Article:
I've mentioned it before: while I may not subscribe to the notion that reading is good for you on some moral/ethical plane, or that it will make you a better person, I certainly believe that sometimes books will cure what ails you, particularly in matters of the heart, mind and spirit (those are three different things, right?). I have asked before for people's ideas on what books fixes what ailment, and you can find many brilliant ideas here, but for what it's worth, I am starting a whole freaking pharmacopeia, if only so I have somewhere to turn when things aren't quite right.
Some of these are for kids, some not. And yes, I implore you all to add your ideas in the comments. We're saving the world here, people. Healing the sick and all.
It probably doesn't need to be detailed here, but the instructions are: to be read at bedtime, or in severe cases, to stay home and take as needed.
For despair: Moby-Dick. Really.
For stress, particularly induced by bed bugs: Patrick O'Brian, Desolation Island
For anxiety: Jane Austen, Emma and/or Persuasion
For fever: A Game of Thrones, George R.R. Martin, Rich Men, Single Women Pamela Beck, Heather Thomas (you know it's going to be shameless when there are two authors)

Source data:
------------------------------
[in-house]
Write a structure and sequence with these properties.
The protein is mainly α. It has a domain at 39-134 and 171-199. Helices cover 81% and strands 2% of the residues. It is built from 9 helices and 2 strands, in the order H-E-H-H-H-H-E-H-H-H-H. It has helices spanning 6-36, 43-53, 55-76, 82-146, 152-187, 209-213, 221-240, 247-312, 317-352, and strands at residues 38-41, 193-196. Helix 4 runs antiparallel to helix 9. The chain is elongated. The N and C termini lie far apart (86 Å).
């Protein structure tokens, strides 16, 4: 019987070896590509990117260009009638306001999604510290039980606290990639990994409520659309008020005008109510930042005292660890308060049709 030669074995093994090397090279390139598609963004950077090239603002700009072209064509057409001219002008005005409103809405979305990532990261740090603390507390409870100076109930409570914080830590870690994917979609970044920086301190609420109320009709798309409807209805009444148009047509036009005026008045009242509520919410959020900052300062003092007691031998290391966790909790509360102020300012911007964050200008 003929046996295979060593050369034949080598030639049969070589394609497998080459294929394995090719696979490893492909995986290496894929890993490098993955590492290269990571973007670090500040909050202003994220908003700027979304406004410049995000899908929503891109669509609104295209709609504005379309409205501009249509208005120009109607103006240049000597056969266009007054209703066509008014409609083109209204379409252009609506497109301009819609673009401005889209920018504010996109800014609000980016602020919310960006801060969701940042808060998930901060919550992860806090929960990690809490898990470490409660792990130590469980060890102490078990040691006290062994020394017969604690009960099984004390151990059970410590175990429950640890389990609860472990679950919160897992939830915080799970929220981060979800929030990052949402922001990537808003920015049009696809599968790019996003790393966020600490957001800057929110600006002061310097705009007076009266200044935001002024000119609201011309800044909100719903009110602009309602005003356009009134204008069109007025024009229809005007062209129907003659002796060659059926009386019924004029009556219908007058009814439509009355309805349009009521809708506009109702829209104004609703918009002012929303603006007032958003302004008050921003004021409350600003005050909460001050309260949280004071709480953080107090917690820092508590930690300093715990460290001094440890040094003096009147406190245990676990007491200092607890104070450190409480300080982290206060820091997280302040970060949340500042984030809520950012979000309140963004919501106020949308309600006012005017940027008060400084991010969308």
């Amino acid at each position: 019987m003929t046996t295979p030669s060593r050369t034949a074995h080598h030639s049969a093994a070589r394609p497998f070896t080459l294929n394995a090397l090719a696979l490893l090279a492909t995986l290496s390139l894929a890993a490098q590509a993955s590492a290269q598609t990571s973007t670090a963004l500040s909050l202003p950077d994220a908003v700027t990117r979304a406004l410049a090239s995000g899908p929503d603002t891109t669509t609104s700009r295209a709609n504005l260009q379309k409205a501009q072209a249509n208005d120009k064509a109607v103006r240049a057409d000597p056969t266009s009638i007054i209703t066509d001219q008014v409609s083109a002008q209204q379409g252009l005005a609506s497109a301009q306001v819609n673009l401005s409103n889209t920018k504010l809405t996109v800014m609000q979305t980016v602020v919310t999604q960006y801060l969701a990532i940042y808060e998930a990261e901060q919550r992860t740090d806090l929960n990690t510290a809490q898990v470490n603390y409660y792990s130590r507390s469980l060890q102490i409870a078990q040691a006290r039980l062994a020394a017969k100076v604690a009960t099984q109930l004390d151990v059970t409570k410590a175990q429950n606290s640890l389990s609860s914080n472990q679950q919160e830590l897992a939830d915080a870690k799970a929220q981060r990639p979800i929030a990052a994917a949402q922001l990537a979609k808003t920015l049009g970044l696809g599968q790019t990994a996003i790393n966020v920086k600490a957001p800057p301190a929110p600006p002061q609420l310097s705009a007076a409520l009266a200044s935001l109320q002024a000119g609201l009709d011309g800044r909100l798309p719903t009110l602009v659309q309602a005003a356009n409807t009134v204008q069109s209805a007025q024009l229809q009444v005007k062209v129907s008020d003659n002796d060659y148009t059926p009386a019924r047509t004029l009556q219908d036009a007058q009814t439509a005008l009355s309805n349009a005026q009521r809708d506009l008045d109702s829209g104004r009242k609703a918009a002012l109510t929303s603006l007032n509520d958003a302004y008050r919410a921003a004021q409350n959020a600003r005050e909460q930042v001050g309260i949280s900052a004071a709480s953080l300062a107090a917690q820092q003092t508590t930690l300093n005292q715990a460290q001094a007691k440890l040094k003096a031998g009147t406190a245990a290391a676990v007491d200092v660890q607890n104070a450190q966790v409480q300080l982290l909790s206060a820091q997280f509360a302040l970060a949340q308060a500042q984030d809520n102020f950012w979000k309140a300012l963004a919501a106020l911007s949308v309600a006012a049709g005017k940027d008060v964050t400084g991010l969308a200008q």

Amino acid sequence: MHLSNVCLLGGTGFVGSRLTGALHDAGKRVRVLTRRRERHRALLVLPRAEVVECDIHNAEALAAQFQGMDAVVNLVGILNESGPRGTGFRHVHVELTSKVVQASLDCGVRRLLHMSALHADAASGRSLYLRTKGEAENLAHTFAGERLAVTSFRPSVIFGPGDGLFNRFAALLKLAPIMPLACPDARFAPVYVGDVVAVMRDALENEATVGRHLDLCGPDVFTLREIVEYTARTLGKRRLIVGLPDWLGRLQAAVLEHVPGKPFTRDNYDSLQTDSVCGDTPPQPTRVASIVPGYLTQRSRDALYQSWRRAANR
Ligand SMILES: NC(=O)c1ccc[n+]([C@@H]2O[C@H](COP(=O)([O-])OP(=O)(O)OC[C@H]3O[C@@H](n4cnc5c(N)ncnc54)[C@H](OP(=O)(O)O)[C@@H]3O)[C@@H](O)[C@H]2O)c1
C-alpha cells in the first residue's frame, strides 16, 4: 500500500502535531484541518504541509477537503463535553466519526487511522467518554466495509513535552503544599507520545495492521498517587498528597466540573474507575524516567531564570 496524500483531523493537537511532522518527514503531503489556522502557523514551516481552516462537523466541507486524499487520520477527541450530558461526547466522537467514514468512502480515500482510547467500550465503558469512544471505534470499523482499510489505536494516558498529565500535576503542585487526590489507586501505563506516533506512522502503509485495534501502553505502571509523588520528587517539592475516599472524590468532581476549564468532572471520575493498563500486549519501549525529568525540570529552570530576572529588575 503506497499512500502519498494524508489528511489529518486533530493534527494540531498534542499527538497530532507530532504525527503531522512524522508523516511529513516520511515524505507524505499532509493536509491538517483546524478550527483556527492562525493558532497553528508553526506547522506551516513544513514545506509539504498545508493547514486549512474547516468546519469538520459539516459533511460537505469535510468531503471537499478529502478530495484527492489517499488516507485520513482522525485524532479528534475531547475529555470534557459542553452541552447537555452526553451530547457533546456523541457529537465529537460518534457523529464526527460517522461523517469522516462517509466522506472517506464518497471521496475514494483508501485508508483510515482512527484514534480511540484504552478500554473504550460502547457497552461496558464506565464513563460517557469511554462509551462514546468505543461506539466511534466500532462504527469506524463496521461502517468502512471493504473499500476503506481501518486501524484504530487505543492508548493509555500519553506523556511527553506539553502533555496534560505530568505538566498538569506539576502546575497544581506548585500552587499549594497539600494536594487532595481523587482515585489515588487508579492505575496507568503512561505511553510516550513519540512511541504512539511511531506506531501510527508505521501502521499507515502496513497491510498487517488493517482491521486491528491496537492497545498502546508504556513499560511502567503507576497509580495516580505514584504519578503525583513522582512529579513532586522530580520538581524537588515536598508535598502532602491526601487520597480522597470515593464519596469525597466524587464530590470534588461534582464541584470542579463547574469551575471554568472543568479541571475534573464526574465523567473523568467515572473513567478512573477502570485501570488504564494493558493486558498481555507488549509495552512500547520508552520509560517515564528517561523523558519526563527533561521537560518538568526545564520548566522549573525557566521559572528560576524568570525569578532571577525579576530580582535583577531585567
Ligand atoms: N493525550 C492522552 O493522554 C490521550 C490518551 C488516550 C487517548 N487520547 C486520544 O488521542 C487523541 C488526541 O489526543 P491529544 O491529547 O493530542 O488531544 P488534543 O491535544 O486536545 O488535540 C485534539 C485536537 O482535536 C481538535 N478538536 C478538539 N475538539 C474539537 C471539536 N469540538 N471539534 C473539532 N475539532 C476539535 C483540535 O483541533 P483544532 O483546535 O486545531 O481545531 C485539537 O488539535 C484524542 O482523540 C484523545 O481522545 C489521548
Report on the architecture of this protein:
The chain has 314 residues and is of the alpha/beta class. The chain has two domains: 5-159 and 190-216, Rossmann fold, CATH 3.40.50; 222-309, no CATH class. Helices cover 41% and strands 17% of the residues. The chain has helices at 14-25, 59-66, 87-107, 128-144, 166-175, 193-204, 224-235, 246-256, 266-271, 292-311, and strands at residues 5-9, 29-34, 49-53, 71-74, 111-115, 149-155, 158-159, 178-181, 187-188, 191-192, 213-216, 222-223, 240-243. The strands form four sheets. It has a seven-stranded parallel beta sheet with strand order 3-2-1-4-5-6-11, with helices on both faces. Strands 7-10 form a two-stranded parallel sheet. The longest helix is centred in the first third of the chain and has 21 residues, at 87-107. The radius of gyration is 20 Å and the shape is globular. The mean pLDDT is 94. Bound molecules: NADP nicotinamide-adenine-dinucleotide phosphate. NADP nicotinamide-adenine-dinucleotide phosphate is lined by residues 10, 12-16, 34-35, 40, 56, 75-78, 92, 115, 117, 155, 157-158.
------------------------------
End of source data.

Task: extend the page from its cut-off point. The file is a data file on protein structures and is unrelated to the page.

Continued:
For anomie: Charlie and the Chocolate Factory Roald Dahl
For Fears at Bedtime: Pippi Longstocking Astrid Lundgren
For loneliness: My Best Friend Mary Ann Rodman (4 to 8); Harriet the Spy (8 to 14 or whenever); The Catcher in the Rye (14 and up) (yes, I'm old-fashioned)
For loneliness (adult type): Lunch Poems and/or Meditations in an Emergency Frank O'Hara
For homesickness: Adopted Jane (kids), A House for Mr. Biswas (adults)
For dread: The Stand Stephen King (just go with it, is what I'm saying, it works!)
For Postpartum Depression: any Spenser novel by Robert B. Parker written before 2000, or try The Godwulf Manuscript, his first)
For boredom (kids version): Little House in the Big Woods; Becoming Naomi Leon Pam Munoz Ryan
For boredom (adult division): any and all the Aubrey/Maturin books by Patrick O'Brian
For alienation (kids division): Emily the Strange Rob Reger and Jessica Gruner; for really little kids, The Snowy Day Ezra Jack Keats
For alienation (adult division): Never Let Me Go Kazuo Ishiguro
To stop smoking: Deborah Eisenberg "Days" in Under the 82nd Airborne
For bullying (kids division): Blubber Judy Blume
For abiding sorrow: The Old Curiosity Shop Charles Dickens
All right, that's as far as I can get. But I know you have more! Especially for kids, right? Come on, give up your cherished secret succor in the comments. It's for the greater good.